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Can someone give me a proof or a counterexample to the following: Given two different topologies over the same set, the neighborhood bases of these two topologies have to differ in at least one point.

(I tried doing a proof by contradiction but couldn't find it)

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Try contraposition: If the neighborhood bases are the same everywhere, then the topologies are identical. – Henning Makholm Sep 9 '11 at 17:05
According to Petersen's "Analysis now", Exercise 1.2.1, Hausdorff defined topology in terms of assigning to $x\in X$ a nonempty family of subsets that satisfied the relevant conditions (each contains $A$; the intersection of any two contains a third element of the family; and for every $A$ in the family for $x$ and every $y\in A$, there is a $B$ in the family corresponding to $y$ that is contained in $A$). The exercise in question is to show that such a family of families uniquely determines the topology. – Arturo Magidin Sep 9 '11 at 18:14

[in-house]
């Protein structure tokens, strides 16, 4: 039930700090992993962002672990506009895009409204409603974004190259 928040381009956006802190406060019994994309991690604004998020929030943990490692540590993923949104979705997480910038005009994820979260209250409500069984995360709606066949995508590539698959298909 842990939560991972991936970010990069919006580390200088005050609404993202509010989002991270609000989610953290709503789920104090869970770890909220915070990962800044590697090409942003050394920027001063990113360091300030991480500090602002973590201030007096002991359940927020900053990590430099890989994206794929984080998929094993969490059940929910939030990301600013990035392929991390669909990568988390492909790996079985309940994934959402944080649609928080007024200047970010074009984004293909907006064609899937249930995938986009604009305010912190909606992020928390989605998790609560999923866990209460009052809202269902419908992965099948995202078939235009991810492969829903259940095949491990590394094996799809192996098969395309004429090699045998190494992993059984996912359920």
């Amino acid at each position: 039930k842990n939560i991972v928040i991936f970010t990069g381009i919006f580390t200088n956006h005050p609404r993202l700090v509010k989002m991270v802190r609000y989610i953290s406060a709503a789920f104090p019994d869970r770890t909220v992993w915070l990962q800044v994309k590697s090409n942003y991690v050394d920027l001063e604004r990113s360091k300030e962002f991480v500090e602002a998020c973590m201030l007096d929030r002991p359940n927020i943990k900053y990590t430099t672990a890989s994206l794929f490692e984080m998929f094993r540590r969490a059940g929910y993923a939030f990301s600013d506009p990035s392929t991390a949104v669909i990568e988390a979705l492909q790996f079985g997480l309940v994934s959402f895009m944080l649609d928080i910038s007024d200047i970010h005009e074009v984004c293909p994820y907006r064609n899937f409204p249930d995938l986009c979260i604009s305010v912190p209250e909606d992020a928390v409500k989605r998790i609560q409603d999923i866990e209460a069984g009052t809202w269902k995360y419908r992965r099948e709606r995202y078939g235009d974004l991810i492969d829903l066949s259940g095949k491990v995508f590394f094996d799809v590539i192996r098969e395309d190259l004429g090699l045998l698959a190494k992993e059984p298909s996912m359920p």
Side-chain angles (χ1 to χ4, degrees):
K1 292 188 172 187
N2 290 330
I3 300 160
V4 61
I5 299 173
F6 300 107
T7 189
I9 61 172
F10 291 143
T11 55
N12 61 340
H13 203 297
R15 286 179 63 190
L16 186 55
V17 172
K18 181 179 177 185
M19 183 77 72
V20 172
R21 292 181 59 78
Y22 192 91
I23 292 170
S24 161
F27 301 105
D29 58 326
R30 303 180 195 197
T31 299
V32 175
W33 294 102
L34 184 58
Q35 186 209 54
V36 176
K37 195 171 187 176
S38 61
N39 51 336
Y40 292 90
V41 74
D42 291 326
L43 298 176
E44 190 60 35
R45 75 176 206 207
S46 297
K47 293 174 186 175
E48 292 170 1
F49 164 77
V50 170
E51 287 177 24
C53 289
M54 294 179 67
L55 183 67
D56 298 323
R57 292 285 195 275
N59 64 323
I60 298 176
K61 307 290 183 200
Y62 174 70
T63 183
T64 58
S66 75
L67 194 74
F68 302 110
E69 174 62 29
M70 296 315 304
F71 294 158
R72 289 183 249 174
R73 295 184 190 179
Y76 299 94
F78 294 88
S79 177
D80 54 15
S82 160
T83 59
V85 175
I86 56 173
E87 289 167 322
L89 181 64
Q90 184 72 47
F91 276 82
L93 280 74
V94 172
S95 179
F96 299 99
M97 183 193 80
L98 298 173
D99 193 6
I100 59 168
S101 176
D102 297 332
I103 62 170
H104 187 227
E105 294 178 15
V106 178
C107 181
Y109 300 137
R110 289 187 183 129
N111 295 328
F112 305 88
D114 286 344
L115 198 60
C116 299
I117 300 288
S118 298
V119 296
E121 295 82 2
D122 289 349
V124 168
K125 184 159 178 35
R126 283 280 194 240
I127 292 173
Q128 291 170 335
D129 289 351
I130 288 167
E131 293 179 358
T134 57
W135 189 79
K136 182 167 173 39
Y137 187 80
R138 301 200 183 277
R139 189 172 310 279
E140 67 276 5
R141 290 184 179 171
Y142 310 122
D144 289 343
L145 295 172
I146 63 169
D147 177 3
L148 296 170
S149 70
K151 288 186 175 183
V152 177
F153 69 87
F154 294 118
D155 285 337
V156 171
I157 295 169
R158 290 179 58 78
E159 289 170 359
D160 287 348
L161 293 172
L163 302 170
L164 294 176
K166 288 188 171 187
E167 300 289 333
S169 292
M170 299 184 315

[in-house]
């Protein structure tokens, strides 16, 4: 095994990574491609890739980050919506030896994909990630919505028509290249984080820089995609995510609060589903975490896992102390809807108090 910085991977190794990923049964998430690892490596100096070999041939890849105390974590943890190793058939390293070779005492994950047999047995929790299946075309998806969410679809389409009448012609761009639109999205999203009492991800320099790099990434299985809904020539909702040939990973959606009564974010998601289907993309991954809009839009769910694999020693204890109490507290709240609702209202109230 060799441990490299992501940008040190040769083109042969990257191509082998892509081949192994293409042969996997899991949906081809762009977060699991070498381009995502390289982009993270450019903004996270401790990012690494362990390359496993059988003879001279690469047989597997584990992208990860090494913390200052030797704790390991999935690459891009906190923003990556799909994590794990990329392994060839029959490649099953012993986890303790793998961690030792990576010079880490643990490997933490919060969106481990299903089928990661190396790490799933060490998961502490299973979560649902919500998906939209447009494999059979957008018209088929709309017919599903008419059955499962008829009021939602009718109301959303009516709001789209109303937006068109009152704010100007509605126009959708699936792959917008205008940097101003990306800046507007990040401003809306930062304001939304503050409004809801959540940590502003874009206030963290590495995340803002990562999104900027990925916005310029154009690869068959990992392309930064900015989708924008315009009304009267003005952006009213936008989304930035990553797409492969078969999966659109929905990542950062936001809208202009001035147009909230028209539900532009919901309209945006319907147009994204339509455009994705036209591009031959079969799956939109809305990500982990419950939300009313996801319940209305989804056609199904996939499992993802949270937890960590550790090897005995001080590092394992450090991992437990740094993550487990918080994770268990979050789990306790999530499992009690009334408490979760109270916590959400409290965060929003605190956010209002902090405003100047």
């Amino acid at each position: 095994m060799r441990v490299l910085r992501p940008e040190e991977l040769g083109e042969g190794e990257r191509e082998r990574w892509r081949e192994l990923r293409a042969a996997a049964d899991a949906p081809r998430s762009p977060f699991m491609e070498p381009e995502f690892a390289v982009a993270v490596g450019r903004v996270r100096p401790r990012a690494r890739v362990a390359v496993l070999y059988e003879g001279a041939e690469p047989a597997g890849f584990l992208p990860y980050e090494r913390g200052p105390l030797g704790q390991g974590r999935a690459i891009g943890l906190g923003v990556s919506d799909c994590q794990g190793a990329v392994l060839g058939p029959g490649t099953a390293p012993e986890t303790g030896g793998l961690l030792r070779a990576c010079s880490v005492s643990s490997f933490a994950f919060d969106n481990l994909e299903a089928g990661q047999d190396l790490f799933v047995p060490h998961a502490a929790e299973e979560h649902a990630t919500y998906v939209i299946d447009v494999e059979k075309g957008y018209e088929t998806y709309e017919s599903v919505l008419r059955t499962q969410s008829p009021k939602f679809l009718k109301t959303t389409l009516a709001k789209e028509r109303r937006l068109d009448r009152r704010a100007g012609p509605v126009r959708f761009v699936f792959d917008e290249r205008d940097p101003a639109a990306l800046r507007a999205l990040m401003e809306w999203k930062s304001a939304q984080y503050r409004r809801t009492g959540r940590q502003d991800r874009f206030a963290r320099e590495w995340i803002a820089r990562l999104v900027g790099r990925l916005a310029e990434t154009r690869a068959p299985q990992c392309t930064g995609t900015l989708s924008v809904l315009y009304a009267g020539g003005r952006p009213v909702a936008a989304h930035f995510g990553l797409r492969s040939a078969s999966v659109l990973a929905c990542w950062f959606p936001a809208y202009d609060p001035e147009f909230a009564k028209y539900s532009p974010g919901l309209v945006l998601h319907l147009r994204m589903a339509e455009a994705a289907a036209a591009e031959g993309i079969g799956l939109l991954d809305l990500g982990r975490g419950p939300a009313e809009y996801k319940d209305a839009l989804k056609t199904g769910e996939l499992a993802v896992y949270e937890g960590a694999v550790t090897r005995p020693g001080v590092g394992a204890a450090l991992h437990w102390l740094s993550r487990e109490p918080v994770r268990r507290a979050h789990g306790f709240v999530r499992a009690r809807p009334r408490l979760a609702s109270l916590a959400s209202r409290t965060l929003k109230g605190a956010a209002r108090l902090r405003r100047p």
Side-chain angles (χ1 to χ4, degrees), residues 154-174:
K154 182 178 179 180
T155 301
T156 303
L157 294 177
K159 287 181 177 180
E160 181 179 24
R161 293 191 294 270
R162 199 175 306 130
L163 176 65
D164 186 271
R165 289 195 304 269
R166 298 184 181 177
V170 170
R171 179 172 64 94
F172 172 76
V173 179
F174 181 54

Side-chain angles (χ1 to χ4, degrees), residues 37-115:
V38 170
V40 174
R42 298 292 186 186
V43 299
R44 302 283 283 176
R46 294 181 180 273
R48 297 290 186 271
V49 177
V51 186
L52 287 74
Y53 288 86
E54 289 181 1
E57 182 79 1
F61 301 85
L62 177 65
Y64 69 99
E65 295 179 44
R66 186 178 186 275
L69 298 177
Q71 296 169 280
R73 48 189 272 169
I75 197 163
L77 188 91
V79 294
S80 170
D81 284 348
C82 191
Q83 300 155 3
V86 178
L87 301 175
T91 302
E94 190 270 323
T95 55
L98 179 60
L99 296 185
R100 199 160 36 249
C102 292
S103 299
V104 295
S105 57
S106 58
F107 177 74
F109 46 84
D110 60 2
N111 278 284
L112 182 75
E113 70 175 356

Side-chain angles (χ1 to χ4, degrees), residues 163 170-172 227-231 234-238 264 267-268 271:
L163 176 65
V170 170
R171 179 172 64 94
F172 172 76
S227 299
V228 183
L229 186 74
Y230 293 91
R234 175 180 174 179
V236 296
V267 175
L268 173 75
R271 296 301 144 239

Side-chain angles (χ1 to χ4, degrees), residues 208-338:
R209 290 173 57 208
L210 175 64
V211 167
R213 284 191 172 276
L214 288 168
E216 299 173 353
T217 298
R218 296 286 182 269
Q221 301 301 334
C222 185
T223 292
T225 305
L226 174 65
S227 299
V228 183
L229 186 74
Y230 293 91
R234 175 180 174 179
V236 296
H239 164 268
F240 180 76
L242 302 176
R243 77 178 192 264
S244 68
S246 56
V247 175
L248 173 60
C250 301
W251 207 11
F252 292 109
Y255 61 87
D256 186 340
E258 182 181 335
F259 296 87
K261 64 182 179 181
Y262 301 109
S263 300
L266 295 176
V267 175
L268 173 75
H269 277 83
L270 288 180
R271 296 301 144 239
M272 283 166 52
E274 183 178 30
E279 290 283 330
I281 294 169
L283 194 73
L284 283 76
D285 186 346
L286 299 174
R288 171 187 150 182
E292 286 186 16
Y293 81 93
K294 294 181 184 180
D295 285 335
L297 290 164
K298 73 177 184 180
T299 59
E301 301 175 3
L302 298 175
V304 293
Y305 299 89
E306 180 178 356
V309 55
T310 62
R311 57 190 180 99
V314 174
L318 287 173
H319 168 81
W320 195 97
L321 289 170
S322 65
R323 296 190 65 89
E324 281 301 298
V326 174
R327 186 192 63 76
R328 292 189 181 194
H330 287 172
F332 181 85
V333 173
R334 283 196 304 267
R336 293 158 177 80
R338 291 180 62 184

You can recover the topology from knowledge of a neighbourhood basis: a set is open if and only if it contains a basic neighbourhood of each of its points. Thus two topologies having identical neighbourhood bases are identical.

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